(With John W. Glenn) A World Made New: Why the Age of Exploration Happened and How It Changed the World History, National Geographic (Washington, DC), 2007.
Robert F. Kennedy, Crusader, Viking (New York, NY), 2007.
Race, Simon & Schuster (New York, NY), 2007.
Contributor to The Holocaust in Literature for Youth, edited by Edward T. Sullivan, Scarecrow Press (Lanham, MD), 1999. Contributor of articles and reviews to periodicals, including New York Times Book Review, Minneapolis Star-Tribune, and Los Angeles Times Book Review. Author of monthly column "Consider the Source" for School Library Journal.
SIDELIGHTS: A respected editor, Marc Aronson has been inspired in his writing career by his love of history and literature. His nonfiction titles for young adults, which include Sir Walter Ralegh and the Quest for El Dorado, Art Attack: A Short Cultural History of the Avant-Garde, and The Real Revolution: The Global Story of American Independence, have been praised for their engrossing prose and their author's unique approach to source materials. In addition to history, Aronson has also written on the subject of educating teens; his essay collections Exploding the Myths: The Truth about Teenagers and Reading and Beyond the Pale; New Essays for a New Era were praised by School Library Journal contributor Ellen A. Greever as "required reading for anyone who cares about young adults and their literature." In 2006, Aronson was appointed as spokesman for Save Our History, a national history education and preservation initiative sponsored by the History Channel.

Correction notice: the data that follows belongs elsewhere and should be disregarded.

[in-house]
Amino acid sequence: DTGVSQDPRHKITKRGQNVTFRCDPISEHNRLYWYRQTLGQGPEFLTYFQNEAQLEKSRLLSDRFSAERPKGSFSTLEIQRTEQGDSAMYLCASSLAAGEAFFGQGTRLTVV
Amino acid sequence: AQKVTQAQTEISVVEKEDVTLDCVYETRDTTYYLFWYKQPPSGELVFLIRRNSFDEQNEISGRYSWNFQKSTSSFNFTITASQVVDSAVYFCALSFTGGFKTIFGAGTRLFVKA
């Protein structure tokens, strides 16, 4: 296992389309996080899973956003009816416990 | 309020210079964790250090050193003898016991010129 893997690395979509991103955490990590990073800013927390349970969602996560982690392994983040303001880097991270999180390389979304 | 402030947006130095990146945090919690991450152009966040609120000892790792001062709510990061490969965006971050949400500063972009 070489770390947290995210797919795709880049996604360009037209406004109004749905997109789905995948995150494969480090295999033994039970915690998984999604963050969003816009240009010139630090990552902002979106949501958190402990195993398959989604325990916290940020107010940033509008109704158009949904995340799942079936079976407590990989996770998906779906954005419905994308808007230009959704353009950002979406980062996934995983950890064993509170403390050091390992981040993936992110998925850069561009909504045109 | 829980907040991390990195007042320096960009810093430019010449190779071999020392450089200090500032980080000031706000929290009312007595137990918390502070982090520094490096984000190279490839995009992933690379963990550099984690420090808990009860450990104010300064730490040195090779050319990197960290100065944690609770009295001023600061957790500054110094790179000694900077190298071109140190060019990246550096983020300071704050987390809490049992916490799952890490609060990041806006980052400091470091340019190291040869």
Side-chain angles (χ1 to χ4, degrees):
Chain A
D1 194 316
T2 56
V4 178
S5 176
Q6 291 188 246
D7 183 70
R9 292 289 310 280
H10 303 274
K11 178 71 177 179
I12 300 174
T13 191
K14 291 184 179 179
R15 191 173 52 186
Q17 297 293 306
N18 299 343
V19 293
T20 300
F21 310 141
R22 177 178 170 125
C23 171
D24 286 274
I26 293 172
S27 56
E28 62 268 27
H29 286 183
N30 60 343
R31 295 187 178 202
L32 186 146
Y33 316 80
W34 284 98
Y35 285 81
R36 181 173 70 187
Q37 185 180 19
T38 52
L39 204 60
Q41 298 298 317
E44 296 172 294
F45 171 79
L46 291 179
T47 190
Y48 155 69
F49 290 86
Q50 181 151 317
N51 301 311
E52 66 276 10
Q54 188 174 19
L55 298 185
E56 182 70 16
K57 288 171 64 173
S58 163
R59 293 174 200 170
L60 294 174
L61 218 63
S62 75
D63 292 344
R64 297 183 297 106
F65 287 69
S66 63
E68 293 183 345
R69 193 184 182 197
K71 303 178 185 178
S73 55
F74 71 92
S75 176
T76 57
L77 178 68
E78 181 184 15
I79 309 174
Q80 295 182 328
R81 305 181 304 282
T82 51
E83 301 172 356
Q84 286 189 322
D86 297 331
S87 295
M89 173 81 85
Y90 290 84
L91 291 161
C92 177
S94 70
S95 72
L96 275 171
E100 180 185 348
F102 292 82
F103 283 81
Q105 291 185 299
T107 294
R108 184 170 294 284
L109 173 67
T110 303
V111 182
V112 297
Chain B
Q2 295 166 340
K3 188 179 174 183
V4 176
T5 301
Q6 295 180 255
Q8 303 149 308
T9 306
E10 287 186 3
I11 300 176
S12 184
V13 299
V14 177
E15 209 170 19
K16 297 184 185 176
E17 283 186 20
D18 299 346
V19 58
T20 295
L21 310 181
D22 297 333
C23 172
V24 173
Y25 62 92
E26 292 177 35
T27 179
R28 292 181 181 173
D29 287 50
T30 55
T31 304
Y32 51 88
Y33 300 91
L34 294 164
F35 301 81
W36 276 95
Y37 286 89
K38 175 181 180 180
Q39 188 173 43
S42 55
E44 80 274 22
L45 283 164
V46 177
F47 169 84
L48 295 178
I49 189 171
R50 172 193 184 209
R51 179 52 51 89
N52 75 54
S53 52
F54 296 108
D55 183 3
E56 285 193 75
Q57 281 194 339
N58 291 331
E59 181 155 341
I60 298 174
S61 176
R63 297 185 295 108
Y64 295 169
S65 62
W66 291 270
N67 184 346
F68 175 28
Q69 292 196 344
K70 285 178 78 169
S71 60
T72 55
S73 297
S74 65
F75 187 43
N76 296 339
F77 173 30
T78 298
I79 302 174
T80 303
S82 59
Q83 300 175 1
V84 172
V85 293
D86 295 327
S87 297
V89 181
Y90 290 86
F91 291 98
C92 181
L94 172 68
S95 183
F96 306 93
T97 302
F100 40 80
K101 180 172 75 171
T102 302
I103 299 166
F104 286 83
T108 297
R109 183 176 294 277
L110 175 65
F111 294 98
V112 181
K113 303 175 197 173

Aronson began writing histories for young adults by focusing on the modern era. In Art Attack he explains that, throughout history, avant-garde artists have challenged the world with their personal visions, and that young artists, even adolescents, often take the greatest risks to bring their art to the public. "What an exciting invitation to a brisk but rigorous survey that connects Marcel Duchamp, the Russian avant-garde and Mondrian to Charles Ives and the Sex Pistols!," observed a reviewer in the New York Times Book Review. Indeed, it is through such cross-cultural and cross-generic connections that Art Attack offers fresh insights into the history of twentieth-century art despite its brevity, according to reviewers. Throughout the volume, art movements and the work of individual artists are explored in conjunction with the evolution of twentieth-century music. "In fact, what is unique and appealing in Aronson's cultural history is his placing of experimental and popular music within the art world," remarked Shirley Wilton in School Library Journal. Thus, Aronson juxtaposes the artwork of the Dadaists and rap music, Jean-Michel Basquiat's expressive scribbles and the jazz innovations of Philip Glass. The result is "an exceptional resource," Wilton concluded.